OCR Interpretation

San Antonio light and gazette. [volume] (San Antonio, Tex.) 1909-1911, April 29, 1909, Image 6

Image and text provided by University of North Texas; Denton, TX

Persistent link: https://chroniclingamerica.loc.gov/lccn/sn86090238/1909-04-29/ed-1/seq-6/

What is OCR?

Thumbnail for 6

Founded January 20, 1881.
Member* Associated Pres*.
Evening Dally. Sunday Morning
G. D. ROBBINS Publisher
A. G. Munro Business Manager
E. S. O'Reilly Managing Editor
Business Office and Circulation De
partment. both phones , 170
Editorial Department, both phone*.. 1359
By Carrier or Mall.
Drdly and Sunday, one year (in ad
vance) MOO
Daily and Sunday, one month 50c
Bunday Edition, one year 100
Single Copies. Dally or Sunday 5c
Entered at the Postoffice at San Antonio.
Texas, as Seoond-clas* Matter.
The S. C. Beckwith Special Agency.
Representatives. New York. Tribune
Building; Chicago. Tribune Building.
It Is Important when desiring the ad-
Ores* of your paper changed to give both
old and new addresses. Should delivery
be irregular, please notify the office.
Either telephone. 170.
Subscriber* to Th* Light are requested
to pay money to regular authorised col
lectors only. Do not pay carriers, as
errors are sure to result.
Today the San Antonio Light and Ga
gette makes its debut.
The debutante believes that San An
tonio has reached the stage in its de
velopment where it is deserving of the
best afternoon newspaper in Texas, ft
will be the effort and ambition of The.
Light and Gazette to fill this want.
With rare good fortune the new pa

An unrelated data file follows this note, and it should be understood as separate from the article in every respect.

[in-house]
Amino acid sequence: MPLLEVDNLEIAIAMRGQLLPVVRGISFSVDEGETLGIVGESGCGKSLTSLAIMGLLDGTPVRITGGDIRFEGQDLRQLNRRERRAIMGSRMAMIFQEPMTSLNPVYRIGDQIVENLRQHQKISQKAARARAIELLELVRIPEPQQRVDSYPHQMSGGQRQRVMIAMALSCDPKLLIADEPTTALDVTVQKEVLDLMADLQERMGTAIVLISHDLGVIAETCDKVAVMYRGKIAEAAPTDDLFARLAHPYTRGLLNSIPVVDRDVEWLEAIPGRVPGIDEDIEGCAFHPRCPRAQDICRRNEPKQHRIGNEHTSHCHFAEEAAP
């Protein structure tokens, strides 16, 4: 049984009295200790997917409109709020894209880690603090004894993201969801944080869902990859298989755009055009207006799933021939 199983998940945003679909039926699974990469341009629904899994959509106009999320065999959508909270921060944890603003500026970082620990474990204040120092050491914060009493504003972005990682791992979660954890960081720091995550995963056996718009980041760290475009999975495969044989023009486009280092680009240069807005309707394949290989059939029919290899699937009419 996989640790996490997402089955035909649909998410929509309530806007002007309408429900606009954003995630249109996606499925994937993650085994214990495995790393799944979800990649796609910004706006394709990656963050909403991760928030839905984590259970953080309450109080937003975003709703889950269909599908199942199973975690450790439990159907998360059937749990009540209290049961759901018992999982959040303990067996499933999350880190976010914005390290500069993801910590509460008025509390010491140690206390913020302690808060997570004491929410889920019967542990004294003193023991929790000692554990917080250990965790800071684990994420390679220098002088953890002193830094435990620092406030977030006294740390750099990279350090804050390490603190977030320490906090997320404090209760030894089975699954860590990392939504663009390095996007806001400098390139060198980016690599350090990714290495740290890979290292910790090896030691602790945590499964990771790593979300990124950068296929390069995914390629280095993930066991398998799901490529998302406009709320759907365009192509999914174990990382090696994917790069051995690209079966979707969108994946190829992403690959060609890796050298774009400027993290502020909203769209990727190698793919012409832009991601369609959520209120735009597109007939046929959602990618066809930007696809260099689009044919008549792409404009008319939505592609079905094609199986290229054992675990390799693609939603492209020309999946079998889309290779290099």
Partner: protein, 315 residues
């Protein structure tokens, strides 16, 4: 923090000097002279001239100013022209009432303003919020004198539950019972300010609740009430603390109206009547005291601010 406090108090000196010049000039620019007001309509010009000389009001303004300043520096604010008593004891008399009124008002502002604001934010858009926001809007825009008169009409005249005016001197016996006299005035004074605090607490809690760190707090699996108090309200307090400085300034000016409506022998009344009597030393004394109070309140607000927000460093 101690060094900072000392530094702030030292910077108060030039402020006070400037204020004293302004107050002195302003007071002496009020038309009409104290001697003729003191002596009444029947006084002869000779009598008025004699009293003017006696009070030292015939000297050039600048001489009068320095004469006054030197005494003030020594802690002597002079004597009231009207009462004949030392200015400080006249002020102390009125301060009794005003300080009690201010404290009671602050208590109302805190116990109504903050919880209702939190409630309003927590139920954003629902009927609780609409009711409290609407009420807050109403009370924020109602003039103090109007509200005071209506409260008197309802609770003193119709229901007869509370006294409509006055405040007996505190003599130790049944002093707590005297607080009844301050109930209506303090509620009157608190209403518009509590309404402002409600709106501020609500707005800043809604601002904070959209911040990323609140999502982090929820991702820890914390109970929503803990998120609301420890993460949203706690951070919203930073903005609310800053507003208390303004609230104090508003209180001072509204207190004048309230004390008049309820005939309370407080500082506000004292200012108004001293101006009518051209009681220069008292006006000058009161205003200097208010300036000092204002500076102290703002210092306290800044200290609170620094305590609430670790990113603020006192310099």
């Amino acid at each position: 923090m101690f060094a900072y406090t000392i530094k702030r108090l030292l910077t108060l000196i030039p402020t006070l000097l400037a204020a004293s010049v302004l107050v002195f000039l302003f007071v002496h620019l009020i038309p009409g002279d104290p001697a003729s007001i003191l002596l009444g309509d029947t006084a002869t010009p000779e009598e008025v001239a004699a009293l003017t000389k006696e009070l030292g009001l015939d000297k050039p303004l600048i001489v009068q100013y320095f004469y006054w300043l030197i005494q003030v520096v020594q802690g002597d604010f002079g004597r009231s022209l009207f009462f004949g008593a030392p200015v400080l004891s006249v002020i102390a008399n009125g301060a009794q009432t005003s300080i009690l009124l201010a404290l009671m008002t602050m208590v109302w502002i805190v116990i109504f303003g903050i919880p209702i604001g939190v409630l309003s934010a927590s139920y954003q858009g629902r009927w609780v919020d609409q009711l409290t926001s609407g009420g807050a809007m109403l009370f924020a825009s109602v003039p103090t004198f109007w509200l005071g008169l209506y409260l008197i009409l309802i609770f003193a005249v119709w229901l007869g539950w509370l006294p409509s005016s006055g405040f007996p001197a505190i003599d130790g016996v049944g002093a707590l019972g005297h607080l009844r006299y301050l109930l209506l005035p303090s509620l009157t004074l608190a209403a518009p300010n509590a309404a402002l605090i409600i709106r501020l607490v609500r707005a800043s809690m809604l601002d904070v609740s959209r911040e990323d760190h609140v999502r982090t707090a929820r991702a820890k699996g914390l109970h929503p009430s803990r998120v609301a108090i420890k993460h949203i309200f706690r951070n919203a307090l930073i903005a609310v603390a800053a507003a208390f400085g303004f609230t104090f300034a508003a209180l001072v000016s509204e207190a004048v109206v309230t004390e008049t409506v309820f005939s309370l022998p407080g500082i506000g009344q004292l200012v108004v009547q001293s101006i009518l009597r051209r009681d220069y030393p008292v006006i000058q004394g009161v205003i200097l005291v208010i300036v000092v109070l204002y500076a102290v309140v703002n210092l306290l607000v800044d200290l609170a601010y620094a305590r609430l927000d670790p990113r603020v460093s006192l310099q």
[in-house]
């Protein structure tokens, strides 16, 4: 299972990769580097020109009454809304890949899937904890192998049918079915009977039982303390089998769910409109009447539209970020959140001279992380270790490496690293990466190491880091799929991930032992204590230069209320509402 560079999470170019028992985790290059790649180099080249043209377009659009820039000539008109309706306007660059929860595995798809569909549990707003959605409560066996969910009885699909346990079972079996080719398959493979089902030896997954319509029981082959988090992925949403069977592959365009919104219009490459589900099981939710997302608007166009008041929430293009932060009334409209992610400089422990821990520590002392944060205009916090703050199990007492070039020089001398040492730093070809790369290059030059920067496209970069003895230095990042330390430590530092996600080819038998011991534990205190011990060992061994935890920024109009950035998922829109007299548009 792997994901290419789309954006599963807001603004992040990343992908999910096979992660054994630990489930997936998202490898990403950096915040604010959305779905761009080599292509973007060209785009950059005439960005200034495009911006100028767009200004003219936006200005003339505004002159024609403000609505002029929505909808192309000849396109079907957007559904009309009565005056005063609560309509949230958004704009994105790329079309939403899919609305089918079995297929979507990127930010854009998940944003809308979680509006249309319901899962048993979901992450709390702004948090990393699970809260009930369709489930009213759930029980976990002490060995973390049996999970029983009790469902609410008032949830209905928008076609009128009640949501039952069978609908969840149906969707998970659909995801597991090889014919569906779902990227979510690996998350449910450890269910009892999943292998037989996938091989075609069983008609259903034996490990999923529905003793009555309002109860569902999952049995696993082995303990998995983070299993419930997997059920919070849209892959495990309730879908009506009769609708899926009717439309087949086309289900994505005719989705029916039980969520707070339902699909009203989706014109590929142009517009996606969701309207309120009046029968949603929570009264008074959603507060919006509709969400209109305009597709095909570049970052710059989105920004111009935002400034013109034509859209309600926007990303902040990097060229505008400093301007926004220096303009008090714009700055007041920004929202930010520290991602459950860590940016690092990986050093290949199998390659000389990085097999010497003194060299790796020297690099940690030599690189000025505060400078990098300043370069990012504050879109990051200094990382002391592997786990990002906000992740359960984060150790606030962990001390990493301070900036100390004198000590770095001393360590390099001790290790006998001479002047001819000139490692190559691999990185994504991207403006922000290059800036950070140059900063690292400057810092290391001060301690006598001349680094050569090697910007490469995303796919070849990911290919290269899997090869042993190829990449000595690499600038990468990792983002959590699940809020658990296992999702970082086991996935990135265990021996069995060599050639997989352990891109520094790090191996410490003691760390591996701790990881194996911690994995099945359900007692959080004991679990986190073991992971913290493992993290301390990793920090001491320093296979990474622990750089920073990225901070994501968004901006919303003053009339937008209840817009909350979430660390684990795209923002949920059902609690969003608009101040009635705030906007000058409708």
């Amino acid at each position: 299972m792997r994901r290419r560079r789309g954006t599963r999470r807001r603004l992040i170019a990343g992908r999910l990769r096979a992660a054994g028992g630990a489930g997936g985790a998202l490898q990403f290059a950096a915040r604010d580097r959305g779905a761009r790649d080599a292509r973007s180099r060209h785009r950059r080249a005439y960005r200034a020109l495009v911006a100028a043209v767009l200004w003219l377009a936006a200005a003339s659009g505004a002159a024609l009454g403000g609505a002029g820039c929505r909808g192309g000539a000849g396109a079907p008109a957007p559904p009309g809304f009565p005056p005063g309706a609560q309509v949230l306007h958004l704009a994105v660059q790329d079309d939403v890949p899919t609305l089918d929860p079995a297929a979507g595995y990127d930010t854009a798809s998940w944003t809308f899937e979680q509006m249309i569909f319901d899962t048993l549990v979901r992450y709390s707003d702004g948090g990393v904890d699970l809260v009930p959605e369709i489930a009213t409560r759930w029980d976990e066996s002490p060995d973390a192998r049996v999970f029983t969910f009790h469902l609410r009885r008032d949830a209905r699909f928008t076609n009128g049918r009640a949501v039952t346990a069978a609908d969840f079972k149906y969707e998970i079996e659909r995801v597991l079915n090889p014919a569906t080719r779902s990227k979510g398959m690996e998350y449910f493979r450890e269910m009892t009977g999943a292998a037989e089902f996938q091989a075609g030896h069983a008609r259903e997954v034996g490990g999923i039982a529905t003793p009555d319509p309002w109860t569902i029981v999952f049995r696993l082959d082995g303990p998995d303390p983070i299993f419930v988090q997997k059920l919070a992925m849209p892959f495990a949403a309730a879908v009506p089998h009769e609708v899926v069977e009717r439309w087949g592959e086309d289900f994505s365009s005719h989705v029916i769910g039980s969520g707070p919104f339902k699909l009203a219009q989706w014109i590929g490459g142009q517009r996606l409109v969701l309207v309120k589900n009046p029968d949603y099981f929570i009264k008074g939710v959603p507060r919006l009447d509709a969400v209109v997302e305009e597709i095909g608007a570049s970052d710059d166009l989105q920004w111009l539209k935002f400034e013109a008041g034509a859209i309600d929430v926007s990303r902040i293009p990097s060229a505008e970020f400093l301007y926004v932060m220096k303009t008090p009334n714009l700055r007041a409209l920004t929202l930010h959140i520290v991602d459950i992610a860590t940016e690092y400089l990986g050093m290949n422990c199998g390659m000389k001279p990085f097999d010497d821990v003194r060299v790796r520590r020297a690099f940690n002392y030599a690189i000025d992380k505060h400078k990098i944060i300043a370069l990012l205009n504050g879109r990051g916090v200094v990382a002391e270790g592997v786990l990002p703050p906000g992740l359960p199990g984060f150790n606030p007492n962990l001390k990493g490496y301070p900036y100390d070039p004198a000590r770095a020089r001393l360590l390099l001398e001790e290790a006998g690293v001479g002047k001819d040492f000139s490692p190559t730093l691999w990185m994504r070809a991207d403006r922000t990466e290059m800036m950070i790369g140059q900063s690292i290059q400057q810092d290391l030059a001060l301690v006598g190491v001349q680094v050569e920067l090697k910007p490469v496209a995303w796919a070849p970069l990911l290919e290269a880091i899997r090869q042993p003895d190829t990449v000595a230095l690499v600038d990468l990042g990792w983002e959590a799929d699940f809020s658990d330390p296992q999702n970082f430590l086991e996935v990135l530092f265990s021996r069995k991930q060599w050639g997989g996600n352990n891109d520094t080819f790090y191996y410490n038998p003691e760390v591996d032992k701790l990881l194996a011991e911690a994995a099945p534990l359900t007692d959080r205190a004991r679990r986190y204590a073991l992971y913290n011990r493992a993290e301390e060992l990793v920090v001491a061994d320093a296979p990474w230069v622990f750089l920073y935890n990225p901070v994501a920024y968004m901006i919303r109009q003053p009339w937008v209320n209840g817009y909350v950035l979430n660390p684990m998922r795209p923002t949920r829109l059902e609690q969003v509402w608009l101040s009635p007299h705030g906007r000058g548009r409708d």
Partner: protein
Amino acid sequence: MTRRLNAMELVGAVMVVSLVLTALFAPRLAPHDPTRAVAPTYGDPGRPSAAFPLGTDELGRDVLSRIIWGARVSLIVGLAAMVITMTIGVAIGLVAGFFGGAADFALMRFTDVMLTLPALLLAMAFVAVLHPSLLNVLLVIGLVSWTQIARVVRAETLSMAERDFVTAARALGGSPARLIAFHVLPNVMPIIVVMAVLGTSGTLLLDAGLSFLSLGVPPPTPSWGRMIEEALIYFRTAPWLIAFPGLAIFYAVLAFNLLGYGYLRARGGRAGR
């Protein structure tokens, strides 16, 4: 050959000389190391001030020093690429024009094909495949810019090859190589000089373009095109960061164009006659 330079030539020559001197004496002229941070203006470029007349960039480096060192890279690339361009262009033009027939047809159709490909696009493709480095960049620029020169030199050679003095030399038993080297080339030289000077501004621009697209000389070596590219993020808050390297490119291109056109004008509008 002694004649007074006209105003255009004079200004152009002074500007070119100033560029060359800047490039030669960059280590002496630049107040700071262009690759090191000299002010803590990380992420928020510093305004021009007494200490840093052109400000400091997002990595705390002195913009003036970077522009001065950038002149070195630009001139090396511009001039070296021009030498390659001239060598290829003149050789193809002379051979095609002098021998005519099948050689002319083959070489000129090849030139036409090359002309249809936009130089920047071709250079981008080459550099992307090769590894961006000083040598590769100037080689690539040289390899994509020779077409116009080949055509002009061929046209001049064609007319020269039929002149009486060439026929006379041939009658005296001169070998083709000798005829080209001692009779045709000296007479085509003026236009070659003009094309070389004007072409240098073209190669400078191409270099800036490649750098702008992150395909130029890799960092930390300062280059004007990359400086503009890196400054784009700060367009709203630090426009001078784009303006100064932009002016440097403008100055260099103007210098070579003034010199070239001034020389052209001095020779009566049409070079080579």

per is launched without political or fac
tioaal affiliations to hamper its inde
pendence. It has but one creed: To
print the news and be a “ booster ’ ’ for
San Antonio and th* section which it
The Light and Gazette will give the
best news service ever printed by a
newspaper in San Antonio. With both
the Associated Press and United Press
association telegraph services, Texas
News Service, special state wire service
and a picked local staff, if is with due
modesty the new paper promises the
best newspaper that this city has ever
Special arrangements have been made
for a more extensive Bunday service,
and The Light and Gazette will be a
daily visitor at the home of its sub
scribers, seven times a week. Every
subscriber of The San Antonio Light
and The San Antonio Gazette will re
ceive the new paper.
Judge Buckley intends to put a stop
to the negro car-disturbances if heavy
fines will do it. The judge might add
a little corporeal punishment with good
effect if that were possible.
When the sultan found out that the
Yonng Turks intended to hang him he
took refuge on a Russian warship. He
couldn’t carry all his wives, however,
because a warship isn’t big enough to
accommodate so many passengers.
A district judge, in passing sentence
at Abbeville, La., upon Joseph Choate,
for fraud in the financing of a scheme
for the recovery of $91,000,000 of gold
buried by the pirate Lafitt* in that
neck of the woods, expressed great sur i
prise that sensible men could be found
who would invest with him.
We disagree with him. Few sensible
men are proof against gold promotlcu,
whether the metal is to come from an
empty eave, a salted mine, or a leaden
Choate built boats, dug canals and
garnished his plan with other attractive
settings; and we are not convinced
that the pleasures of anticipation which
bis colleagues got from bis extensive
operations may not have been worth,
the money they spent.
Like most other genial confidence
men, Choate had victimized a woman,
too. A wife with a boy baby iu her
arms cried as the prisoner was sen
tenced to six years in the penitentiary.
Golfers throughout the country have
probably arrived at the conclusion
that President Taft is of a peculiar
mixture because be takes an after
noon off occasionally to go to a ball
Arkansas is to make football playing